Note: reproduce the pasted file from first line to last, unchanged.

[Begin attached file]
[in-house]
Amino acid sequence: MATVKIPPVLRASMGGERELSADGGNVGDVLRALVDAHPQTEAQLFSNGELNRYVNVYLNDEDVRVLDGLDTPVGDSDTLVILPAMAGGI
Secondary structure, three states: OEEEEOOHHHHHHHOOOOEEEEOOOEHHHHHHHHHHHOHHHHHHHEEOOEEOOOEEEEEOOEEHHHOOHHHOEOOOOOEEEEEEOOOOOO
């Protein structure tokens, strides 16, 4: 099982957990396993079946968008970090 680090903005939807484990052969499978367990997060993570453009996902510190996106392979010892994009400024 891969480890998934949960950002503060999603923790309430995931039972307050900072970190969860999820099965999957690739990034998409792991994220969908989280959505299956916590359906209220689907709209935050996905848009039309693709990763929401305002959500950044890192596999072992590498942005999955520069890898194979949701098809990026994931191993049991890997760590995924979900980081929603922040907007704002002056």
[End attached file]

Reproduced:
[in-house]
Amino acid sequence: MATVKIPPVLRASMGGERELSADGGNVGDVLRALVDAHPQTEAQLFSNGELNRYVNVYLNDEDVRVLDGLDTPVGDSDTLVILPAMAGGI
Secondary structure, three states: OEEEEOOHHHHHHHOOOOEEEEOOOEHHHHHHHHHHHOHHHHHHHEEOOEEOOOEEEEEOOEEHHHOOHHHOEOOOOOEEEEEEOOOOOO
């Protein structure tokens, strides 16, 4: 099982957990396993079946968008970090 680090903005939807484990052969499978367990997060993570453009996902510190996106392979010892994009400024 891969480890998934949960950002503060999603923790309430995931039972307050900072970190969860999820099965999957690739990034998409792991994220969908989280959505299956916590359906209220689907709209935050996905848009039309693709990763929401305002959500950044890192596999072992590498942005999955520069890898194979949701098809990026994931191993049991890997760590995924979900980081929603922040907007704002002056």